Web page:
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Acad Med. 2002 Nov;77(11):1167.

The role of spirituality in patient care: incorporating spirituality training into medical school curriculum.

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  • 1University of Missouri-Kansas City, School of Medicine, 64108, USA.



To answer the call for the implementation of spirituality into medical school curriculum,(1) UMKC-School of Medicine has incorporated experiential spirituality instruction into the third year of a six-year combined BA-MD degree program. The multifaceted objective of the program is to (1) expand students' conceptualization of the patient as person to include dimensions of spiritual beliefs and needs, (2) develop an understanding of how patients' spiritual belief systems impact their health, (3) recognize how the student's spiritual beliefs impact his or her practice of medicine, and (4) highlight the value of the chaplain as a member of the health care team. With increased understanding of the role spirituality plays in healing as well as the spiritual services available to patients, students will be able to serve the needs of their patients.


To accomplish this objective, students participate in lectures on spirituality, small-group activities focusing on skills such as taking/crafting spiritual histories, and an on-call experience with a hospital chaplain. During the oncall experience, students shadow a chaplain for approximately six hours. The experience includes discussing philosophies of spirituality and medicine with the chaplain, rounding with the chaplain, visiting and praying with patients when requested, comforting family members, and assisting with advance directive discussions and paperwork. After completing the experience, the students are required to write a reflective essay examining the following components: (1) the interaction between the chaplain and other members of the health care team, (2) the utilization of alternative interview and history taking methods, (3) the connection between spirituality and illness as illustrated through patient encounters, and (4) the insights gained from the experience that can be applied to the practice of medicine.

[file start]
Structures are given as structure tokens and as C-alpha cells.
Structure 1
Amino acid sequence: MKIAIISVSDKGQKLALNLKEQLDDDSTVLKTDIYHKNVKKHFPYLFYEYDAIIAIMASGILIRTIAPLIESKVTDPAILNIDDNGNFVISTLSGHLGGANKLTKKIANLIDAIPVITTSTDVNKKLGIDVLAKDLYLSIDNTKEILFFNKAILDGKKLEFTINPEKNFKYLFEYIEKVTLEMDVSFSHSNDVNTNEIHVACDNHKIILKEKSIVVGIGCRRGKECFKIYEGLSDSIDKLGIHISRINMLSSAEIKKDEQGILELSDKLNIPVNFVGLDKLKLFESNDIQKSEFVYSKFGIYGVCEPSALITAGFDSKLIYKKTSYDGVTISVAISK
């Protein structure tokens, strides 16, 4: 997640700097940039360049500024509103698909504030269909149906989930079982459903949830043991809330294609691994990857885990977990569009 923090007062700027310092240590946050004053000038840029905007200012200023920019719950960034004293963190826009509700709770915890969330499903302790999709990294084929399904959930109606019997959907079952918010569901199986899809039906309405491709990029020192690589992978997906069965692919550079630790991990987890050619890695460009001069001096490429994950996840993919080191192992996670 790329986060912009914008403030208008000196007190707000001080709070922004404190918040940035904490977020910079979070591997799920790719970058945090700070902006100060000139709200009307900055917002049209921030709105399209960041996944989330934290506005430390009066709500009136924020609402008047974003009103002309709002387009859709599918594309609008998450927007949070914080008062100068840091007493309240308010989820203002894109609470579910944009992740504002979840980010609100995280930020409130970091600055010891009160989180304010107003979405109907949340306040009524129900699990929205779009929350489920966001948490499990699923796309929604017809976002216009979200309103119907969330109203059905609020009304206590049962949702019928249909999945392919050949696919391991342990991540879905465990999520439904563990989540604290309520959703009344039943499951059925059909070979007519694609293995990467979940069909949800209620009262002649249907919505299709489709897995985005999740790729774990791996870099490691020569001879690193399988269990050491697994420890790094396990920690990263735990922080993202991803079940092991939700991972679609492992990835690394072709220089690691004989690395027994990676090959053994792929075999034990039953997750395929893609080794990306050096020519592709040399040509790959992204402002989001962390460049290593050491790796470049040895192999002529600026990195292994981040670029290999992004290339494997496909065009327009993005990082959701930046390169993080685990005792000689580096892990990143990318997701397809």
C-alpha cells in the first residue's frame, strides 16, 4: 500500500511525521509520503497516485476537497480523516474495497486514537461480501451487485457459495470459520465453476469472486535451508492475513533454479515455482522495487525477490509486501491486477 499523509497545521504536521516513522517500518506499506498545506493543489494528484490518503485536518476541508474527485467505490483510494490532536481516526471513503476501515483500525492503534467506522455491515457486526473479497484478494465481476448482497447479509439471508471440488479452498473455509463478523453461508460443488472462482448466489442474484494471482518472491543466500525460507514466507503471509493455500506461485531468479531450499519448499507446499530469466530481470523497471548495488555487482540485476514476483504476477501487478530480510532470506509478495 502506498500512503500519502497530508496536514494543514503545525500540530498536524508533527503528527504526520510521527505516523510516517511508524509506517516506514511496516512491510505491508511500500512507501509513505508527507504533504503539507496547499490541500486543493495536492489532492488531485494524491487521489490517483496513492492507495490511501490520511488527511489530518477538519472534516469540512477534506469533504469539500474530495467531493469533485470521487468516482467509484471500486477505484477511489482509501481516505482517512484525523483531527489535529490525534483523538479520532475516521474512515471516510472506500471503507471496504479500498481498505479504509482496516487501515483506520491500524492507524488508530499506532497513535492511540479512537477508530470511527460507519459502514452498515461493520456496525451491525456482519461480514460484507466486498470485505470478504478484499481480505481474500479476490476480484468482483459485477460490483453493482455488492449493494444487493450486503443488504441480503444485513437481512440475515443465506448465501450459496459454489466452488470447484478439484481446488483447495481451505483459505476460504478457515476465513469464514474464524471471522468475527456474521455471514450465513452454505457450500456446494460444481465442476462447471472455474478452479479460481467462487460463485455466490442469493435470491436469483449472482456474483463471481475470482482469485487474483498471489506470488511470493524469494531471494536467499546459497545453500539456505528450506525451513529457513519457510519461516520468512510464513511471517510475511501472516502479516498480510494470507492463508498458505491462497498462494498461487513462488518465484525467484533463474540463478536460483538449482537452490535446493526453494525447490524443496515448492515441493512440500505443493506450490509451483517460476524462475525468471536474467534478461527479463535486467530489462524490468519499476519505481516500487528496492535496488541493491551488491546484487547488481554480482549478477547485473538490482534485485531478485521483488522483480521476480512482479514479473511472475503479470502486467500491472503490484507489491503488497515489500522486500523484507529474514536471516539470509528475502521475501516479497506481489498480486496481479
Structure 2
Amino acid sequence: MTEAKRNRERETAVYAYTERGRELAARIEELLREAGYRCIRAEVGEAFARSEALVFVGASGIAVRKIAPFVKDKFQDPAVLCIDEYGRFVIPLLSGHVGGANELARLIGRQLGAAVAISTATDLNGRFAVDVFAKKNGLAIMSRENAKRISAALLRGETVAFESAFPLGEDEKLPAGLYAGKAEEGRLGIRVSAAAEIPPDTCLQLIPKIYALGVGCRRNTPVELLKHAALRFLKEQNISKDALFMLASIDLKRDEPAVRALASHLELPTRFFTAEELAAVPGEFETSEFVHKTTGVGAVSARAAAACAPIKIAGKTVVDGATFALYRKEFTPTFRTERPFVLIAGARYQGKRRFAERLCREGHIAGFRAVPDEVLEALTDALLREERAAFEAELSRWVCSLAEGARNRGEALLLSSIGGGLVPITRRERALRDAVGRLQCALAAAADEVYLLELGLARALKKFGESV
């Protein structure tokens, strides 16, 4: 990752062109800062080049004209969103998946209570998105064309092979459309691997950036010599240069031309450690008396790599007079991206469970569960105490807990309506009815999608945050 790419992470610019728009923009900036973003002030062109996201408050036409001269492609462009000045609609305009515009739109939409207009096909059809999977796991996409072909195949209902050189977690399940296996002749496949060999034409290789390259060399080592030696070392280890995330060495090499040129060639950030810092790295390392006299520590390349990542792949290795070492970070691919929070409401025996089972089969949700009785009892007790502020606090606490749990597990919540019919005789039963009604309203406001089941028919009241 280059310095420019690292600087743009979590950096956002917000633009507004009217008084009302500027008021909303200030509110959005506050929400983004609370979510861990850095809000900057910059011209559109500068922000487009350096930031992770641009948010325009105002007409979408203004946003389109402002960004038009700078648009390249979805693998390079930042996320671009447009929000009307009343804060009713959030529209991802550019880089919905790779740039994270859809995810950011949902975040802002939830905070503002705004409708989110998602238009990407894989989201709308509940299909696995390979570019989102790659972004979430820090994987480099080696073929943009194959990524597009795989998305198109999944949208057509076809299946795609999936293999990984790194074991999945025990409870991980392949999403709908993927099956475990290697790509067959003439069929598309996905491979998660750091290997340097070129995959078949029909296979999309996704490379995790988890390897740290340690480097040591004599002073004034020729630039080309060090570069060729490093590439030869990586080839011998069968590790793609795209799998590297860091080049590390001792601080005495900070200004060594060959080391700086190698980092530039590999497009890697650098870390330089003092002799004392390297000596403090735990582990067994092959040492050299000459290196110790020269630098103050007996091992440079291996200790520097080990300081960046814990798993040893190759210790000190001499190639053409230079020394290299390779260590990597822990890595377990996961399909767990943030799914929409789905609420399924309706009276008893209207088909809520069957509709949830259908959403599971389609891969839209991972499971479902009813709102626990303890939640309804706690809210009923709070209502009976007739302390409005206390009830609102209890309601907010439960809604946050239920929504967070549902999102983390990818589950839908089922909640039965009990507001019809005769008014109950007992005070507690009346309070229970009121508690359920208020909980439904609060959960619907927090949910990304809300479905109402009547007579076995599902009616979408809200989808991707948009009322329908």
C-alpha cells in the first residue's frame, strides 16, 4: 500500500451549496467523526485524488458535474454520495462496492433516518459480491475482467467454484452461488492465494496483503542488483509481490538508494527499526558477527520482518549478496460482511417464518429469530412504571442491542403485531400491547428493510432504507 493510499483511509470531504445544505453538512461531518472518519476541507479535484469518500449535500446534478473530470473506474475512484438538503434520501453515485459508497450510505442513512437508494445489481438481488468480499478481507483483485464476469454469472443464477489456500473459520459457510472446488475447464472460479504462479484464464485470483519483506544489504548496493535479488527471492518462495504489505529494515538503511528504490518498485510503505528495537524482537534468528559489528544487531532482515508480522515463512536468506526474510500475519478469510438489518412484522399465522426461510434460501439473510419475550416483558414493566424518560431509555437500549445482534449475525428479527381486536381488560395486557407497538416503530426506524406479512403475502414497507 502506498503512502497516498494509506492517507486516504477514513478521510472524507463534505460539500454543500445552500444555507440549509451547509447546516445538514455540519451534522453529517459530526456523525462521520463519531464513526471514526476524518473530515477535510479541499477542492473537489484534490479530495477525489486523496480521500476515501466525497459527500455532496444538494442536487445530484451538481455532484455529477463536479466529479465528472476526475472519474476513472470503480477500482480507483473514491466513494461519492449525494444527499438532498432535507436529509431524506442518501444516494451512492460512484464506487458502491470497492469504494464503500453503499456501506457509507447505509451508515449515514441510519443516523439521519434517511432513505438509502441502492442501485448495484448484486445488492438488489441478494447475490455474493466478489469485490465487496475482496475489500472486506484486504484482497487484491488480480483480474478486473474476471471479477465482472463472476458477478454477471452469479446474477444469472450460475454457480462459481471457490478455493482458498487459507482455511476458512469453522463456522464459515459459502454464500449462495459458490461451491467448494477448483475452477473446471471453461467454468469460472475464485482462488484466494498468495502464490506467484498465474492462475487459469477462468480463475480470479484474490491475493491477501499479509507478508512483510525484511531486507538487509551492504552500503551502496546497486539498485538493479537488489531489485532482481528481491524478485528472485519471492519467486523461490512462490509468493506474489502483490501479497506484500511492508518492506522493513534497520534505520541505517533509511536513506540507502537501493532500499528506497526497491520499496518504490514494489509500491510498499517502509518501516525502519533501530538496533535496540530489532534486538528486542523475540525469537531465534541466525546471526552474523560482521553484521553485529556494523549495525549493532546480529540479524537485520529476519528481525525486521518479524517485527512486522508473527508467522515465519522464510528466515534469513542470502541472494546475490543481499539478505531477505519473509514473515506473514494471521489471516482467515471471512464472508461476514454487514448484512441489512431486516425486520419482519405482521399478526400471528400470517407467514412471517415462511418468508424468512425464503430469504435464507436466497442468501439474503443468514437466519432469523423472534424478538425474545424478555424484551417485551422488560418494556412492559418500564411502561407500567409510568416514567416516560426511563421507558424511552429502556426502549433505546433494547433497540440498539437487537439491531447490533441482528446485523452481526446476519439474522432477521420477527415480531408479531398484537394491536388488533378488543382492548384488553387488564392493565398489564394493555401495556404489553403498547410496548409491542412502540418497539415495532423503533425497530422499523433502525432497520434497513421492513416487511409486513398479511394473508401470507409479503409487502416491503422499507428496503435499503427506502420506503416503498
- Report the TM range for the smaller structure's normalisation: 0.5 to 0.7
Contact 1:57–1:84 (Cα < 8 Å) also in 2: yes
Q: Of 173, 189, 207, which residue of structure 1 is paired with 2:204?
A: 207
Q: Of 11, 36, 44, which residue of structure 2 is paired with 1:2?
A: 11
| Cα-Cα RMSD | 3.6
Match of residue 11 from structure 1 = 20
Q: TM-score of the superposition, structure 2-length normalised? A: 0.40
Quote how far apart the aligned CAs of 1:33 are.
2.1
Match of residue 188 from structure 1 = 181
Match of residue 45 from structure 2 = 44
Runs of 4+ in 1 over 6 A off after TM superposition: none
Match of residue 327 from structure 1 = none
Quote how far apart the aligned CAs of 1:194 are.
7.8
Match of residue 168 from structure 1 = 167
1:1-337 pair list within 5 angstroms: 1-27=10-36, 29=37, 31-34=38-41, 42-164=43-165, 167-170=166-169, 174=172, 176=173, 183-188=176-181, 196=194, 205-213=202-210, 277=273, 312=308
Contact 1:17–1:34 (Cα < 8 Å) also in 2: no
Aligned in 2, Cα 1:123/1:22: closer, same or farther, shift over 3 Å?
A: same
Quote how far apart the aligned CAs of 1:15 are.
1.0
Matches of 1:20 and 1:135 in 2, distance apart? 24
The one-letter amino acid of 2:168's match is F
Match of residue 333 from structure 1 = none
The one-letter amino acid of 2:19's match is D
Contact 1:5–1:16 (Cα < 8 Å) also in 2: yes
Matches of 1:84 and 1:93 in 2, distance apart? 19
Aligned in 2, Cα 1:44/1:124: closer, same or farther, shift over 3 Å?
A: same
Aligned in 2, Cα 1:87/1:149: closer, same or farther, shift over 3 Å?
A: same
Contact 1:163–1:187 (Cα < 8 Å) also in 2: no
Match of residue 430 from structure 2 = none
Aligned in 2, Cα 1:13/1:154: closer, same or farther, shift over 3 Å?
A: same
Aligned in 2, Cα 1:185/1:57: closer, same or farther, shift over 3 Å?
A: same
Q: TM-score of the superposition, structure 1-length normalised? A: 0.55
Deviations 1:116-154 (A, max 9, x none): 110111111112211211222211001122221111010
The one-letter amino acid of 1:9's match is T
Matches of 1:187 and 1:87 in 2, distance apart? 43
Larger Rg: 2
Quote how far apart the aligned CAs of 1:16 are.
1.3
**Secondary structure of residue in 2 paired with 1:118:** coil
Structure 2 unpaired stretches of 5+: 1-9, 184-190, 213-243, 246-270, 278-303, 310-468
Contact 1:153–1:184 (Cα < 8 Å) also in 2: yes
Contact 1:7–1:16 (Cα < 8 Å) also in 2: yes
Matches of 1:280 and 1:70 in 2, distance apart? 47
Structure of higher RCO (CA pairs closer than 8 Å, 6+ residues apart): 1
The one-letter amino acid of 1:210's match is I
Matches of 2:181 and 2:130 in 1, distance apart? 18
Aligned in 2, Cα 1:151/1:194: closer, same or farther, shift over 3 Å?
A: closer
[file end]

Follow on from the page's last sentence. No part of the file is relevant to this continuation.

The writing of one's spiritual history and the on-call experience were integrated into a new portion of the curriculum. The components were initially met with some reticence. In the beginning, students had difficulty distinguishing spirituality from religion and were concerned that the curriculum would take away from their study of "real medicine." To ease concerns regarding the spiritual history, the course director modeled the objectives by sharing her own spiritual journey. Participation in the on-call experience substantially changed students' negative attitudes toward the curriculum. Essays revealed that the on-call experience had greatly impacted their view of the chaplain as well as their practice of medicine. Specifically, students demonstrated an understanding of the role of spirituality in healing, identified key components of the chaplain role in the hospital setting, shared ways in which they would utilize chaplains in the future, and discovered personal struggles. Crafting one's spiritual history, the on-call experience, and essays will continue to be a required part of the third-year curriculum. Modifications include adding the option of constructing one's own advance directive and striving for increased diversity of spiritual perspectives. The data provided in the essays and course evaluations will be utilized in several ways to determine the success of the curriculum and to answer critical research questions in the areas of spirituality and medical education.

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